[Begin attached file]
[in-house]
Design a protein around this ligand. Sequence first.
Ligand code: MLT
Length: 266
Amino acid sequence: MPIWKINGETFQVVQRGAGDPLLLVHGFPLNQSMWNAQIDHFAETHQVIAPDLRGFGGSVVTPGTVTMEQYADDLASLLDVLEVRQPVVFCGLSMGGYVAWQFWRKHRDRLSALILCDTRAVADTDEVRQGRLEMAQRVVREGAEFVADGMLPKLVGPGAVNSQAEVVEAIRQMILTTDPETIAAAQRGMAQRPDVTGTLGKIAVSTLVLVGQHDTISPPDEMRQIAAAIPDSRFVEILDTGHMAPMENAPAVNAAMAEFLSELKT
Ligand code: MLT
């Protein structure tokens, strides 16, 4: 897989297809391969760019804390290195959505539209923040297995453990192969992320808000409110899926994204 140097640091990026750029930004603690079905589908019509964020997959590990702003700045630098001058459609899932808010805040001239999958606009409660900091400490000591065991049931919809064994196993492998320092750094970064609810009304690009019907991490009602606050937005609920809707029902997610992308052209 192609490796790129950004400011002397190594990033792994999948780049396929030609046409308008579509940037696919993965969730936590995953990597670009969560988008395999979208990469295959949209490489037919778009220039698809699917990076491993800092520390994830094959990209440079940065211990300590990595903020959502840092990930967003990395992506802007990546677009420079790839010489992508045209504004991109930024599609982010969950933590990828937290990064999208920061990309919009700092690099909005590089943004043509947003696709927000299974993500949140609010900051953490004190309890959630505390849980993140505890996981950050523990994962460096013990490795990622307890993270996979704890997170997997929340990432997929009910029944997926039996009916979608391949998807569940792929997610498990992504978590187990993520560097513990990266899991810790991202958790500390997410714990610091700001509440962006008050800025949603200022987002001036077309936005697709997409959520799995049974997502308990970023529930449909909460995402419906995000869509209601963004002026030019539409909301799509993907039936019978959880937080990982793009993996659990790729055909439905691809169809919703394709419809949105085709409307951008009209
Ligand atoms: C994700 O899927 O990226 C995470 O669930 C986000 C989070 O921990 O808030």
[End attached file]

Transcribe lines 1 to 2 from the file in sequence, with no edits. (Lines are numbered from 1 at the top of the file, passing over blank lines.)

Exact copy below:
[in-house]
Design a protein around this ligand. Sequence first.